I am not too surprised that the BOT has come out saying that they are taking measures to prevent the THB from strengthening versus the USD, and I have found it amusing that Dr. Somkid comes out saying that the strengthening THB is inline with regional currency movements because this simply isn’t the case. In the past two years the THB has strengthened far more than the MYR, SGD, PHP and IDR. Talking with a friend yesterday the same discussion over the currency emerged and in the end I thought, if you were a fixed income manager in this part of the world, which country provides the best risk/return for sovereign bonds? Singapore – pegged to the USD, Malaysia – if you bought the bonds 2 years ago the currency alone would’ve killed you and Person of interest #1 is still PM, Indonesia – hah right, Philippines – hah – yeah right, Taiwan – hmmm…Japan- possible? S. Korea – crazier politics and a worse balance sheet than Thailand, so when you look at things on a relative basis Thailand has “stability”, a strong current account surplus, the likelihood of interest rates increasing anytime soon is low, a domestic banking system that keeps capital within the country, aging demographics, etc etc these are all reasons the currency strengthening.
Anyways here’s a few news articles all BOT related that came out in the past few days
Interest rates to remain at current levels
A significant policy rate cut is needed if policymakers want to see a rapid increase in inflation, but it would build up financial fragility in the future as search-for-yield behaviour will cause higher under-pricing of risks, he said.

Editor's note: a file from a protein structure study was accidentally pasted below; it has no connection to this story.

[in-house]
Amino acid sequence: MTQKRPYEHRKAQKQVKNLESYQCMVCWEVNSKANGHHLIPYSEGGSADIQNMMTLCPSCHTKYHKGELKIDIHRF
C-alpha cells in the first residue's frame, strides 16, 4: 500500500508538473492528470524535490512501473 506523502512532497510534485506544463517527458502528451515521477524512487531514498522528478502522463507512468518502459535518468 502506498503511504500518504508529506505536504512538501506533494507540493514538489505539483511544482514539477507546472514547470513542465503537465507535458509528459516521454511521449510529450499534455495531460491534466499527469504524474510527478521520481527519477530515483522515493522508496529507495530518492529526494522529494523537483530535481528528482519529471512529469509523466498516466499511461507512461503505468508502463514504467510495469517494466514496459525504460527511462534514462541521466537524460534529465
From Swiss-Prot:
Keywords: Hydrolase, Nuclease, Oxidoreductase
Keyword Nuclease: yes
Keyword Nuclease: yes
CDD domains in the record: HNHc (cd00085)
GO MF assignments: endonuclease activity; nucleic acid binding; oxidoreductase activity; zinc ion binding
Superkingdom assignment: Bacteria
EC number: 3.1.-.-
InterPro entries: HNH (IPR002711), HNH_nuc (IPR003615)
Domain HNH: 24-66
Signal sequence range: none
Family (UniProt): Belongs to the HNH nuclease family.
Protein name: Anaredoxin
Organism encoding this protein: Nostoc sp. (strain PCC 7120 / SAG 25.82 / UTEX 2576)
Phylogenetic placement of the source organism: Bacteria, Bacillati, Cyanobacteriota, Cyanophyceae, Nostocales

“The need to further ease monetary policy is reduced,” said Mr Veerathai.
“Moreover, a policy rate cut may have a negative impact on household savings in the long run, reflected by the high ratio of households whose savings for retirement are insufficient, and that trend is on the rise.”
The MPC has kept the policy rate on hold near a record-low 1.5% since April 2015.
The next policy rate call has been scheduled for Feb 14.
Sad attempt preventing the THB from strengthening
The Bank of Thailand (BoT) has increased the size of the maximum international money transfer allowed each customer for non-commercial bank business from 200,000 baht per day to 800,000 baht per day in a move to curb the strong baht.
Vachira Arromdee, assistant governor for financial markets operations, confirmed the increase in the allowed daily international money transfer for payment for goods and services took effect on Jan 12, Post Today reported.
Comment: This is a bit sad…you can now transfer 800k baht a day…ok…
Sad attempt at accusing financial institutions
The central bank has found that some financial institutions’ behaviour could indicate involvement in baht speculation through heavy transaction volume, said Bank of Thailand governor Veerathai Santiprabhob, who added that such practices have been done in favour of customers who may be speculating in baht.
He said the speculative activities were unlike the ones in the past that prompted the central bank to require financial institutions to monitor and report the activities of non-resident (NR) accounts.
Each foreigner who puts money in a non-resident baht account (NRBA) is prevented from holding the outstanding balance in all accounts opened at domestic financial institutions at more than 300 million baht at the end of day.
An NRBA, with the exception of a fixed account with a maturity of six months or longer, normally offers no interest to account holders.
The NRBA and the non-resident account for securities (NRBS) are among the central bank’s measures to prevent foreigners from speculating in baht.
Other measures include a restriction on baht liquidity, curbing capital inflows and non-deliverable forward (NDF) — similar to a regular forward FX contract but not requiring physical delivery of the designated currencies at maturity.